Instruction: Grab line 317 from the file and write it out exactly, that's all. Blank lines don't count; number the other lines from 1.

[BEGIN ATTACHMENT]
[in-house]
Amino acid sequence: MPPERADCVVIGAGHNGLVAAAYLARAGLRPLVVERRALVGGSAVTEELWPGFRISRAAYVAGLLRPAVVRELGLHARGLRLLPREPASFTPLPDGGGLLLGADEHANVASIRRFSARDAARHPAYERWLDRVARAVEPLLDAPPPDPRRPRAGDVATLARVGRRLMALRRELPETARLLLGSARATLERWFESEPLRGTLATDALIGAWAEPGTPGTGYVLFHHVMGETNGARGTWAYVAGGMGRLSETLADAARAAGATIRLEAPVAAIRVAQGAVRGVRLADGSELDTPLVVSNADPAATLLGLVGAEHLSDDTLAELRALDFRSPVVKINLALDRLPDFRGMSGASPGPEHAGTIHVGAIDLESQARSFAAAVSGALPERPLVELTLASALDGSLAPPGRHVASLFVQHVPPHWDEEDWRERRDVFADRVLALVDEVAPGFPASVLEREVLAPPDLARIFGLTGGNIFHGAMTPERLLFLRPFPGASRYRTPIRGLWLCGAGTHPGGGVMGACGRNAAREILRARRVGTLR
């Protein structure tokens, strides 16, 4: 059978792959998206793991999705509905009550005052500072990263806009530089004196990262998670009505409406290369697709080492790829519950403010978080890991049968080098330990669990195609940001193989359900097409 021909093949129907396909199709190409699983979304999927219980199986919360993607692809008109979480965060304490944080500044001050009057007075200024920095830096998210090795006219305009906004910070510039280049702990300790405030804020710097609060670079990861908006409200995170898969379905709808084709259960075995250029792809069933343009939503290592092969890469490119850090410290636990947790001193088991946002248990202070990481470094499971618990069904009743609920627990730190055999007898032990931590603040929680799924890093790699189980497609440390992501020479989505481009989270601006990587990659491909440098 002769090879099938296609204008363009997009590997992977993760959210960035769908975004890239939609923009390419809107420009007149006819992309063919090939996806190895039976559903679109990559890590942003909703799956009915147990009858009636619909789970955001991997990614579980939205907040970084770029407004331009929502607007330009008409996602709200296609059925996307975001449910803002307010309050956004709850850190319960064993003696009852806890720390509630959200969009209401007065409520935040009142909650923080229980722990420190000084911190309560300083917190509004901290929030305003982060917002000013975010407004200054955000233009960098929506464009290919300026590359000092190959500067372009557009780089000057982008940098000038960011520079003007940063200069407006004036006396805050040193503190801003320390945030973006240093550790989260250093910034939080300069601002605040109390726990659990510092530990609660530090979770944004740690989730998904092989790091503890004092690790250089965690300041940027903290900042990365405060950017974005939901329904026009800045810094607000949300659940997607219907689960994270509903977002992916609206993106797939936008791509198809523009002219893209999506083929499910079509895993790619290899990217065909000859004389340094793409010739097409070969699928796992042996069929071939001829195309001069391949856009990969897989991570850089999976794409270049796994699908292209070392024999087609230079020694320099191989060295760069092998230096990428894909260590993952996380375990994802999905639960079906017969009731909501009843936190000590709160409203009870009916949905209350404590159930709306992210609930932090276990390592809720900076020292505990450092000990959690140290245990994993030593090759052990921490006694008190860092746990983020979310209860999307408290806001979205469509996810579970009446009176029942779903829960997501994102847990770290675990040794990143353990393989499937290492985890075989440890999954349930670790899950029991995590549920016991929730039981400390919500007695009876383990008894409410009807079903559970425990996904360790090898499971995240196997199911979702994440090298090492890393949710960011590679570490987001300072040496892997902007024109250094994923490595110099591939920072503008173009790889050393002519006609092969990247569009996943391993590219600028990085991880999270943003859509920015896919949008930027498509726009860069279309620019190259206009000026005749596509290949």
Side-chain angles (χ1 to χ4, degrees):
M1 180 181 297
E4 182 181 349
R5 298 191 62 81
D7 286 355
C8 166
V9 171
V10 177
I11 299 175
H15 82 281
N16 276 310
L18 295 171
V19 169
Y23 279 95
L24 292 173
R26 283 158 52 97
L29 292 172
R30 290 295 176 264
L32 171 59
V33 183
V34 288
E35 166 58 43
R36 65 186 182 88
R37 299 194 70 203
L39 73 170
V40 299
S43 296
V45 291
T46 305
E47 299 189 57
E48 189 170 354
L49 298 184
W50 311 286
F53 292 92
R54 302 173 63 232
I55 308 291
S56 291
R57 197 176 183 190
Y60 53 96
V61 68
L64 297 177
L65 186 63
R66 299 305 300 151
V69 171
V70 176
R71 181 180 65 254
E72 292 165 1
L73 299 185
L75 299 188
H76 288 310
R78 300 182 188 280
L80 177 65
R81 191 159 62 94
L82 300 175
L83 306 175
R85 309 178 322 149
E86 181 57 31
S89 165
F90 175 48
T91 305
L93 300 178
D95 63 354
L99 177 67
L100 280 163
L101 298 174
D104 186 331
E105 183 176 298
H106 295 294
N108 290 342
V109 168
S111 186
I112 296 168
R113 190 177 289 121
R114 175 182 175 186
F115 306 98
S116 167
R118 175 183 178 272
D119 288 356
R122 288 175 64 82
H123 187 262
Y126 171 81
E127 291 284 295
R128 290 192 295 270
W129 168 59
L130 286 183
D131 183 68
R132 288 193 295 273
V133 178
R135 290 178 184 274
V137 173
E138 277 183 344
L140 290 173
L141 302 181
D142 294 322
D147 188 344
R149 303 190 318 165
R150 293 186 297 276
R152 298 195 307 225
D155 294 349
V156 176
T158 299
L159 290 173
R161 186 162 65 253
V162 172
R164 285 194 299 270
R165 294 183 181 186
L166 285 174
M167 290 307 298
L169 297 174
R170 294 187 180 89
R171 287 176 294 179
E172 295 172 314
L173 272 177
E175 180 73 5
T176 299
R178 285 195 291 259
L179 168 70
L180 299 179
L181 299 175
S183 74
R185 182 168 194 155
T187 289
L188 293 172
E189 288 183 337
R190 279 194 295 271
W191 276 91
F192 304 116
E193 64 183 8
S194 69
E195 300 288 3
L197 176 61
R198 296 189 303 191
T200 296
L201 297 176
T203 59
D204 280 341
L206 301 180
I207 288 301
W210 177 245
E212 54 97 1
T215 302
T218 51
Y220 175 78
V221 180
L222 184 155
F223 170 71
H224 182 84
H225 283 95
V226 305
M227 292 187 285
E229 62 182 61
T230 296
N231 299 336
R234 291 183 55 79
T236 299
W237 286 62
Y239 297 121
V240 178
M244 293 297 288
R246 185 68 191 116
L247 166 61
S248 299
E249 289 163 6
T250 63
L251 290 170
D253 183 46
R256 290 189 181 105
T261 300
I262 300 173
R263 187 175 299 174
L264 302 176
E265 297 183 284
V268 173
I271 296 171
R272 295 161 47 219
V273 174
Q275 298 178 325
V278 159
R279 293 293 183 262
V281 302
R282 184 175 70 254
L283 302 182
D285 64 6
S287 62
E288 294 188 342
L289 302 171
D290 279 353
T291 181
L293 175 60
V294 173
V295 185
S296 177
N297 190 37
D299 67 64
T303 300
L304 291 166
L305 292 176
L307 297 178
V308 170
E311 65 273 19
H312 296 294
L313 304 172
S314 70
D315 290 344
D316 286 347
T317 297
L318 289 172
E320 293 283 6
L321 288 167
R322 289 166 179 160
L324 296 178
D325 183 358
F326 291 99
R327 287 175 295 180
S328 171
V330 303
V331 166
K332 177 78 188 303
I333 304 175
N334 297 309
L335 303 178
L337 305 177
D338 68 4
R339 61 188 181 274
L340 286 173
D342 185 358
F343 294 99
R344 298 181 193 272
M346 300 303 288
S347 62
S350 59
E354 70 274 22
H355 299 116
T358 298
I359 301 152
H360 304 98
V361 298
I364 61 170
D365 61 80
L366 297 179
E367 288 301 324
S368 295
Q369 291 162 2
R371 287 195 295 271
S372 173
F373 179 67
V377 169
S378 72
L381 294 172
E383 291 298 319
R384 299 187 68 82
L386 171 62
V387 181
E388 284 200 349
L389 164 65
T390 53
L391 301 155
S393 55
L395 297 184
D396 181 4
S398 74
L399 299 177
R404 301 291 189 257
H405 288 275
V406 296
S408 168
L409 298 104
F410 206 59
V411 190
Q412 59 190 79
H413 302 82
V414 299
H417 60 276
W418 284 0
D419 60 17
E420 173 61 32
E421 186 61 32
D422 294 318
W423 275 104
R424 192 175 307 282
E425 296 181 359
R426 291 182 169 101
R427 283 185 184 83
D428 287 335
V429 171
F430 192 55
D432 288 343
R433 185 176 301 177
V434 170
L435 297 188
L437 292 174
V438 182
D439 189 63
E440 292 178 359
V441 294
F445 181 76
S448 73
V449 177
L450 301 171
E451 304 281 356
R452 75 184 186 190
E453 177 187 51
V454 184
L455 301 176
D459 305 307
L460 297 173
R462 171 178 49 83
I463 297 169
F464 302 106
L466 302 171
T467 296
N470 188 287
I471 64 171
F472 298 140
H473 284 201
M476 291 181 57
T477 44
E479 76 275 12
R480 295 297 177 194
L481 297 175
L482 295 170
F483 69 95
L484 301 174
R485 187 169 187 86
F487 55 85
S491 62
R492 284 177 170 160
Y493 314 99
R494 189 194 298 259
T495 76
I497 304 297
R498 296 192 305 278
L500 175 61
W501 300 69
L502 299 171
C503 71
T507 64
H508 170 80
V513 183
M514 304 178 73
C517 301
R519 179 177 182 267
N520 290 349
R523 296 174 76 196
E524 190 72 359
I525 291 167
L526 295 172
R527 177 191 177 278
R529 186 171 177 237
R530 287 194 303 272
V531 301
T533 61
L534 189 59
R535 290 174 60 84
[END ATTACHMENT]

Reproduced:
F472 298 140